[an error occurred while processing this directive]

Archive: May 2004

Back to the News Archive Index


Lydia Williams
2003 Gymnix International
Photo by Grace Chiu

Lydia Williams' back injury will prevent her from competing at both the upcoming Canadian championships, as well as next month's Olympic Trials. Tests performed last week revealed that Williams, 17, sustained a compression fracture in her T11 vertebrae. The injury surfaced after a training session for the Pacific Alliance Championships, which took place last month in Hawaii (see May 27 News story for more details).

Williams' coach, Carol-Angela Orchard confirmed her athlete's inability to compete at the upcoming national championships and trials, though she noted that "Lydia will certainly attend both events to cheer on her teammates." Despite the setback, it appears that Williams will be ready to resume training relatively soon. "The doctors have assured us, that just like any other bone in the body, it will heal 100% and she will be back to her full program shortly," Orchard said.


Williams in training prior to
Pan Ams in 2003

World championship team member Lydia Williams is still recovering from a back injury sustained at last month's Pacific Alliance Championships, but is hopeful she can recover in time to compete at the upcoming national championships. Williams, 17, sustained the back injury on the last day of model training prior to leaving for the Pacific Alliance meet, and was forced to watch the competition on the sidelines while receiving therapy.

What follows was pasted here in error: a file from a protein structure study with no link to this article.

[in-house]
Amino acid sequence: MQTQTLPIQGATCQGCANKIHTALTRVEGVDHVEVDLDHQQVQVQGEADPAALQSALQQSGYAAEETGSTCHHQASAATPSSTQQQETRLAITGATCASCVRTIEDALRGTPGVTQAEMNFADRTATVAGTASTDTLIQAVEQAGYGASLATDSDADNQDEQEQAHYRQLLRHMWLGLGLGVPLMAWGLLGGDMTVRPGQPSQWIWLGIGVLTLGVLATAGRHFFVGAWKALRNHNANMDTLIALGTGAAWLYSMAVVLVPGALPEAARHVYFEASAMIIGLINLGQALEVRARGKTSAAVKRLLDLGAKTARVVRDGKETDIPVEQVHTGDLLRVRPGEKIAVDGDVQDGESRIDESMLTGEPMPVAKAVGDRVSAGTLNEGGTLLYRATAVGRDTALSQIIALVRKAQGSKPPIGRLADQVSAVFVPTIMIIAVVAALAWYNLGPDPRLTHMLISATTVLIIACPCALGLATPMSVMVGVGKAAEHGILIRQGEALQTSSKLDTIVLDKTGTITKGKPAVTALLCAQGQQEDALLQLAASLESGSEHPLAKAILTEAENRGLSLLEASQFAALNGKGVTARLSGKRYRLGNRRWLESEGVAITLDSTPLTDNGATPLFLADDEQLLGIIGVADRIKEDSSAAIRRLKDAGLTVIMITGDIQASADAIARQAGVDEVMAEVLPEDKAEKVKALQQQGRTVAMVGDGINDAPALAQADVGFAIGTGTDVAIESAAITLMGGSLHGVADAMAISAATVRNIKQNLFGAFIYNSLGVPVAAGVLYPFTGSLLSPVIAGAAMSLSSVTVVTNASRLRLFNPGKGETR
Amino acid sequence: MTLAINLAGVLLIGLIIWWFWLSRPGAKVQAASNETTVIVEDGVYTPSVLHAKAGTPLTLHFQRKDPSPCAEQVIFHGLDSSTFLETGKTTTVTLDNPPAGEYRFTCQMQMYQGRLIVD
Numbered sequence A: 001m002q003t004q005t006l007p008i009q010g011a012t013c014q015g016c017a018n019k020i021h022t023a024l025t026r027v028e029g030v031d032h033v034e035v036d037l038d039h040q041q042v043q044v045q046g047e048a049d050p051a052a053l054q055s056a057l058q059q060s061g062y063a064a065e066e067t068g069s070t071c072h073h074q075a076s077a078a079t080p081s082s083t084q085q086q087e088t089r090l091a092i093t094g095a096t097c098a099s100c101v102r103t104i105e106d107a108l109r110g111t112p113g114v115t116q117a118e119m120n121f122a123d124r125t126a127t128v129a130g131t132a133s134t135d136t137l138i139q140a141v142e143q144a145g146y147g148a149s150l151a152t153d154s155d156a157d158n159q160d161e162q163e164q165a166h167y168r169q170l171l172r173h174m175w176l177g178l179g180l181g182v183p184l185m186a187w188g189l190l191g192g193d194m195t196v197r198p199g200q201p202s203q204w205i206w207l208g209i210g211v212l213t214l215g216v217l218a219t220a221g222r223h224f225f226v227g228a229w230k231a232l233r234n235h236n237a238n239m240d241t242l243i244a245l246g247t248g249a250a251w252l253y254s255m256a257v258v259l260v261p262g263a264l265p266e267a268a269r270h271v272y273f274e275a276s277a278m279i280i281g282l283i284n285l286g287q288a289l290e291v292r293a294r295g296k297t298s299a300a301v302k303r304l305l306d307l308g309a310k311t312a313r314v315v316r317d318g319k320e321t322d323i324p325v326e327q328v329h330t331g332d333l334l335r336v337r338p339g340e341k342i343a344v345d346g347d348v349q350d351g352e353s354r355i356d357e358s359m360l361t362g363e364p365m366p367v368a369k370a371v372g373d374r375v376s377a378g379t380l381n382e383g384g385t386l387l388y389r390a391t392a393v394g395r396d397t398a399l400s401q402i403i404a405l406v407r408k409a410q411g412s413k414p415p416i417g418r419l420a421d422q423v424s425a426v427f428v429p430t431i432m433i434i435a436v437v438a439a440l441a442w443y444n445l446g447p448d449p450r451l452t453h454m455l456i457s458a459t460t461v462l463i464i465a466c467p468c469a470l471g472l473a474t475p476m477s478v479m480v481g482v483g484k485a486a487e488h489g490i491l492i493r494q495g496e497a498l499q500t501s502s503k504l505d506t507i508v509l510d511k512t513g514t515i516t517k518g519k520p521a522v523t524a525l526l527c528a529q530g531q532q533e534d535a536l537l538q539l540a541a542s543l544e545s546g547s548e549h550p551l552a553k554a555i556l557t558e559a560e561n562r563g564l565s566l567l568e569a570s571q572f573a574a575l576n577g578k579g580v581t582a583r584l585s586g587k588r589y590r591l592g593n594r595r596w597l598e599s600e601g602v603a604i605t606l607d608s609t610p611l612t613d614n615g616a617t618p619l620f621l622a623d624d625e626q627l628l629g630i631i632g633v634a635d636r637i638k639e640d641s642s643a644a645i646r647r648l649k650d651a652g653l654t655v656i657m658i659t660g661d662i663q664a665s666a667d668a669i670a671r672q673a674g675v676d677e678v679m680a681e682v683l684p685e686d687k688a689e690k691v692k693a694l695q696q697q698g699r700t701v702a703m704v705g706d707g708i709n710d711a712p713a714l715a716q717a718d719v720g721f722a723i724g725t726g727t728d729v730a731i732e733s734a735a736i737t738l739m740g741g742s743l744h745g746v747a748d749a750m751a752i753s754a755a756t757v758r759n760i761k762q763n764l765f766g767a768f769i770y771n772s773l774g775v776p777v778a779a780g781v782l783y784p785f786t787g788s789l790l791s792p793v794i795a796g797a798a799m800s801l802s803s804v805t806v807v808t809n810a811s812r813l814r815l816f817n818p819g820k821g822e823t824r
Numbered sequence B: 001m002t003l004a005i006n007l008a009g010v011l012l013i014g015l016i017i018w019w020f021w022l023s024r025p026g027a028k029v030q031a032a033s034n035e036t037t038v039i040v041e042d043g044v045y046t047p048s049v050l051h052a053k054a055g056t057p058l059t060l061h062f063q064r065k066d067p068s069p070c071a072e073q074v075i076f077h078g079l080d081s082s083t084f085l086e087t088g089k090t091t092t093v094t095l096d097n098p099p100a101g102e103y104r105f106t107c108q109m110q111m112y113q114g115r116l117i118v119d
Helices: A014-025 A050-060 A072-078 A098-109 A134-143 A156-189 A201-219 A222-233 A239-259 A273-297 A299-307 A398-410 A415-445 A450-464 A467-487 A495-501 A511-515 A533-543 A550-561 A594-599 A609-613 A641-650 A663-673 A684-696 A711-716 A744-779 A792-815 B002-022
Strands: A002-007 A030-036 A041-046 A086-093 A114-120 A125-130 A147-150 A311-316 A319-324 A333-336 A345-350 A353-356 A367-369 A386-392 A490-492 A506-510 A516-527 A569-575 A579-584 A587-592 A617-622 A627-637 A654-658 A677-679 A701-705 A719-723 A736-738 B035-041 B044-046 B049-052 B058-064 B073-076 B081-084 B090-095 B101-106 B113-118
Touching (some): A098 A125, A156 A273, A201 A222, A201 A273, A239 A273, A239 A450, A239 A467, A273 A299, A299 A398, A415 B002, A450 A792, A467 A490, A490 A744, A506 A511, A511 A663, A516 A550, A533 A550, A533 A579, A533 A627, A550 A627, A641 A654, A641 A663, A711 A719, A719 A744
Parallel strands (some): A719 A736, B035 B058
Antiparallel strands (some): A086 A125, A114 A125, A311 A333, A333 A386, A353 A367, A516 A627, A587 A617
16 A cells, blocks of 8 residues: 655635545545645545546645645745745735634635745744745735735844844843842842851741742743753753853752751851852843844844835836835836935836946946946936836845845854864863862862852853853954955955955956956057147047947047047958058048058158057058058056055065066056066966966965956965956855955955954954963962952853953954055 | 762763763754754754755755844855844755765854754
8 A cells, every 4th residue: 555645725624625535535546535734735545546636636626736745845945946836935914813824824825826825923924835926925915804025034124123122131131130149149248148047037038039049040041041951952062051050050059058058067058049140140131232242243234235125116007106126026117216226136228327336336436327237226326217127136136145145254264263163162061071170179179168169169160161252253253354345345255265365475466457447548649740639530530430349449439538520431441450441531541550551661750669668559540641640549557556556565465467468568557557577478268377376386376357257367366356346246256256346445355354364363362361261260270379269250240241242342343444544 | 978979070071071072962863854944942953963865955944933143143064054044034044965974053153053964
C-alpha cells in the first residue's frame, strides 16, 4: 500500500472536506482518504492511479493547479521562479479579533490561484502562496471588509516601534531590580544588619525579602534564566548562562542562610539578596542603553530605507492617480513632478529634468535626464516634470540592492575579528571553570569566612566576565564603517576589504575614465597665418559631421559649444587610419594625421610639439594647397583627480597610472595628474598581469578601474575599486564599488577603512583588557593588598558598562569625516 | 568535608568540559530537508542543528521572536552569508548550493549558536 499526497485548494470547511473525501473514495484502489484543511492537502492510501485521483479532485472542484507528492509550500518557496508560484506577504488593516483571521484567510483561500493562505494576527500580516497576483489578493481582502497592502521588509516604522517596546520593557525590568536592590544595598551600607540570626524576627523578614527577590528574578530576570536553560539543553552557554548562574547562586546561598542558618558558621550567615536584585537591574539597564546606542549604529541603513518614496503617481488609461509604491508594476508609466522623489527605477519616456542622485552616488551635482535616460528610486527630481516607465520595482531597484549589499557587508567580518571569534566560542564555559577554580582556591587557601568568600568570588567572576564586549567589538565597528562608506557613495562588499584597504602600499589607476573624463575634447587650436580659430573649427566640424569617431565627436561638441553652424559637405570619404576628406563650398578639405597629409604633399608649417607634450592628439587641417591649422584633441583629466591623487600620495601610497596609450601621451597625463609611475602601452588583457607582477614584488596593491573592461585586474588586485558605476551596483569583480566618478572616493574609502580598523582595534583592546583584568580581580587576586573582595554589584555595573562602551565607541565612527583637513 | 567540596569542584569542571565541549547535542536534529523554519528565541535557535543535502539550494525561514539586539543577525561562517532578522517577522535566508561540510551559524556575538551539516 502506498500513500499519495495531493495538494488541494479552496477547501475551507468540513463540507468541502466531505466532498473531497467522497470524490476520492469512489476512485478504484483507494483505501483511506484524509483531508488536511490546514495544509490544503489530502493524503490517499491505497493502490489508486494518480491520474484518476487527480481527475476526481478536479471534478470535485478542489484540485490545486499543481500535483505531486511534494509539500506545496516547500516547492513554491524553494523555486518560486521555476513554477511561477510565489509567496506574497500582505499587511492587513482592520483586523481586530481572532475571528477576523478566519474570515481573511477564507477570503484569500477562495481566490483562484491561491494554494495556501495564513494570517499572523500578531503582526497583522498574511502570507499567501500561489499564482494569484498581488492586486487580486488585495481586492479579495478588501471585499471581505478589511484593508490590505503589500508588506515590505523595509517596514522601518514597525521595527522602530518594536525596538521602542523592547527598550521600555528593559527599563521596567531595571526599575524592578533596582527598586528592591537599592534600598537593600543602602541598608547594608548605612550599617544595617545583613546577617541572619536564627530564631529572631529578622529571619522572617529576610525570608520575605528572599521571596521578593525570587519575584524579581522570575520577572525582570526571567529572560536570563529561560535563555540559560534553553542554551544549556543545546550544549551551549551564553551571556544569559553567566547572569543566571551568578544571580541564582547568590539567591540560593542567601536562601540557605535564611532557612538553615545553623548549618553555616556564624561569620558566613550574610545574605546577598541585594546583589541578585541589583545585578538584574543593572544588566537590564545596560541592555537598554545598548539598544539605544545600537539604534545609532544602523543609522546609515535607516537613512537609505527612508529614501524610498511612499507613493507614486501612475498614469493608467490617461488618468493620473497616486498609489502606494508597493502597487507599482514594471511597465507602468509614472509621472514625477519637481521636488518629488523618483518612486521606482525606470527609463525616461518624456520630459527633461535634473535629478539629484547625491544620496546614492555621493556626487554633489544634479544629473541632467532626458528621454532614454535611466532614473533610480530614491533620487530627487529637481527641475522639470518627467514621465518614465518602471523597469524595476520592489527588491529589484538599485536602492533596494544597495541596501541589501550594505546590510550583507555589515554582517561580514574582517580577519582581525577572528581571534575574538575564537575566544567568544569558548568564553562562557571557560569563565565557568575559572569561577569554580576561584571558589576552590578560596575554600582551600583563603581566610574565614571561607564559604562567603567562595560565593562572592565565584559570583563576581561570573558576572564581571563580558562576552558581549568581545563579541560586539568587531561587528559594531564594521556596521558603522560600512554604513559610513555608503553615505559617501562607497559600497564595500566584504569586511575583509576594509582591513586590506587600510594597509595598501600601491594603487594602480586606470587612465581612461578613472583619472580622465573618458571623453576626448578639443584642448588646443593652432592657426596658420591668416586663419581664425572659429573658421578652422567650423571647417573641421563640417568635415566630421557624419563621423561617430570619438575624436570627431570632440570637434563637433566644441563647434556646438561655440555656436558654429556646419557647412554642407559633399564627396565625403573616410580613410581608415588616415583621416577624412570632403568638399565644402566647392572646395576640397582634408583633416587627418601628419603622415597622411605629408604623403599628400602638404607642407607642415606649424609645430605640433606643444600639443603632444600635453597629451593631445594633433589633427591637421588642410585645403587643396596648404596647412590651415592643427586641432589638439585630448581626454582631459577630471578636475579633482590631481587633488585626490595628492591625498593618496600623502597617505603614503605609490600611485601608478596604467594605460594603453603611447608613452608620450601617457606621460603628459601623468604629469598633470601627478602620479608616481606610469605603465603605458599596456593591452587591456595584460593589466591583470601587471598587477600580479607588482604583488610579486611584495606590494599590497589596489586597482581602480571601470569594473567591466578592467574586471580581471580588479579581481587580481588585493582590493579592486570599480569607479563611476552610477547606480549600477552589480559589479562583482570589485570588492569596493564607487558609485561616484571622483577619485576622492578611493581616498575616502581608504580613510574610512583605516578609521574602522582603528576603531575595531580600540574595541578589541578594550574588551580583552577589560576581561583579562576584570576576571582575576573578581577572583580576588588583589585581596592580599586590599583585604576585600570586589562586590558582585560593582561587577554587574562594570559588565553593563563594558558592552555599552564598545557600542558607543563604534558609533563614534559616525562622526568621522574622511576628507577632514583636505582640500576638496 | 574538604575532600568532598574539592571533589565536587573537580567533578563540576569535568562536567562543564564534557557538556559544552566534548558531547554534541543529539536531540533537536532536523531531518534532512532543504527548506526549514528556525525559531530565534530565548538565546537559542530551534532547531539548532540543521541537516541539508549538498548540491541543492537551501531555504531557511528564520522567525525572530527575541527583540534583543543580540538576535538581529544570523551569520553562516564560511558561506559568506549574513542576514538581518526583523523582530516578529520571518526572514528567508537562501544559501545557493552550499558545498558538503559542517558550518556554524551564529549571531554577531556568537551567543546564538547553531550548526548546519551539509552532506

Prior to the injury, Williams had reportedly been training well, and had just completed a string of steady performances in model training. "She competed well in Ottawa during the selection meet, hitting four-for-four," Williams' coach, Carol-Angela Orchard told Gymn.ca last week. "She then did a good job in Calgary during the camp and she did two full model trainings (competitions) while there. Her back went on the final day in the afternoon training session just before departing for Hawaii. She had just competed four strong events that morning.

"Not competing at Pacific Alliance was tough on her," Orchard continued, "She had worked so hard for it. We tried every type of therapy [with the team trainer] once in Hawaii. Lydia can take more pain than most gymnasts and it simply was not possible for her to compete."

Since the time of her injury, Williams has been working to rehabillitate her back, and is still unsure of whether she can compete at the national championships, which get underway next week at Mississauga's Hershey Centre. "This is a difficult time for her (and everyone at Sport Seneca) as we wait for more test results," Orchard said, noting that Williams "will undergo two more tests next week so we should have all the information we require by nationals."


Shewfelt at the
2003 world championships

Photo courtesy Grace Chiu

Double world bronze medallist Kyle Shewfelt will likely not compete at next week's Canadian championships as he continues to recover from a serious ankle injury sustained earlier this year, Gymn.ca has learned.